SAN DIEGO IS THE ENDLESS SUMMER. It's a desert forced into bloom, a land of manmade bays and year-round flip-flops. Its clubs are full of bros in pooka shell necklaces grinding up against leather-skinned beach bunnies to the '90s alterna-rock that never stopped playing on the local stations. The always present—but never thriving—indie scene is relegated to house parties, neighborhood dives, and all-ages venues tucked away in the trees on college campuses, all of this making it an unlikely birthplace for the ever dark and wistful Black Heart Procession.

Arguably one of the best bands to come out of Southern California, the Black Heart Procession has been churning up harmonic melancholia since 1997, when members Pall Jenkins and Tobias Nathaniel back-burnered Three Mile Pilot to concentrate on the project. (A new Three Mile Pilot album is in the works, their first since 2000.) Filling out the band's sound is an indie all-star cast: Joe Plummer (Modest Mouse), Jimmy LaValle (the Album Leaf), Scott Mercado (Manuok/Via Satellite), and Matt Resovich (the Album Leaf). Half the band currently calls Portland home, so rehearsals and songwriting are split between here and their new recording studio, SDRL, in San Diego.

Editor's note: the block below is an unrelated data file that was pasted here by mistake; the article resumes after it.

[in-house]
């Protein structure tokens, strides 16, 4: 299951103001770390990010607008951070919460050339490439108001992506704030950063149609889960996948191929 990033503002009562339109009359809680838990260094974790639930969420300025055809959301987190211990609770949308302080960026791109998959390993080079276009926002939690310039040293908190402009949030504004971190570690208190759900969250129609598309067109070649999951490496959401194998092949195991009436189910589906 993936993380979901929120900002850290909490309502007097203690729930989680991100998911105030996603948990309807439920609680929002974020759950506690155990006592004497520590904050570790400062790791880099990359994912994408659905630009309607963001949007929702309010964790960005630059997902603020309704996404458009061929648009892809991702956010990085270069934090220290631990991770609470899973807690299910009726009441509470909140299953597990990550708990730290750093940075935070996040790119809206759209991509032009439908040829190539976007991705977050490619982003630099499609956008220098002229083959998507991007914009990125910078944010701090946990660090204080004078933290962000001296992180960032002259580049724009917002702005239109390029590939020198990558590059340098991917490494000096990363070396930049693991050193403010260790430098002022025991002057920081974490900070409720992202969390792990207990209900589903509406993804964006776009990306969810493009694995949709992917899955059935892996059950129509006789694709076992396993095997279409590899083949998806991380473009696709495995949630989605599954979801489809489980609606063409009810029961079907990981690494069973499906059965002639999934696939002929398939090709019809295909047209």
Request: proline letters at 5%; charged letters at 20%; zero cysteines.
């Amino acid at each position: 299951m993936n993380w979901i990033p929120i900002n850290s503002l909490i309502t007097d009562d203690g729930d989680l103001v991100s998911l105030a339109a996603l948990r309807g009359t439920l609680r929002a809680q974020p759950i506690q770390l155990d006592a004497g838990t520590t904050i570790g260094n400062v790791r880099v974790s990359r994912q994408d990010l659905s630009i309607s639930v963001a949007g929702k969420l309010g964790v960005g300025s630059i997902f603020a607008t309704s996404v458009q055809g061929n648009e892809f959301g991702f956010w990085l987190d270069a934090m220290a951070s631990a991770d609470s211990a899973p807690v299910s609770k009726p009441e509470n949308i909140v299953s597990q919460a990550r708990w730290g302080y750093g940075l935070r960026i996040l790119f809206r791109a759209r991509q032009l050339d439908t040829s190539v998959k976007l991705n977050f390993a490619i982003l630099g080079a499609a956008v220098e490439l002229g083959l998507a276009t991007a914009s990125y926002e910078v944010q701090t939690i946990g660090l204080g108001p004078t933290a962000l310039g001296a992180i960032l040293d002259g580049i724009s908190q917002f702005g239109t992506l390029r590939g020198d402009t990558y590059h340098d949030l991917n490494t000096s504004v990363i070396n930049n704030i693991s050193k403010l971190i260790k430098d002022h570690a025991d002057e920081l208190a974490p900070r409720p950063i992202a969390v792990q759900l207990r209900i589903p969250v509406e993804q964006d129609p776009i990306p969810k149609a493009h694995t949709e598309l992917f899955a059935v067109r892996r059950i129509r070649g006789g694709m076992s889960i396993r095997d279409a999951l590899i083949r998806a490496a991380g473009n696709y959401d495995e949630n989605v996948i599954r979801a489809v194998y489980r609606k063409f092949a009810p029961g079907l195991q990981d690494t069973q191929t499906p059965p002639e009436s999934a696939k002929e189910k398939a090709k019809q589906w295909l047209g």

Black Heart's latest release, The Spell, is the band's fifth full-length and their best album to date. The Spell is more up-tempo than earlier recordings, but doesn't lose the cohesive soundtrack feel they're known for. Impassioned vocals are delicately hand-sewn throughout layers of nocturnal strings, rowing guitars, and rain-in-the-barrel drum lines, always haunting, always engaging. Jenkins calls The Spell "more mystic" and "political" than their last album, his double-entendre lyrics of war and love even more biting than those of the past.

Tonight the Black Heart boys will be joined by rollicking lo-fi crooner Dan Sartain.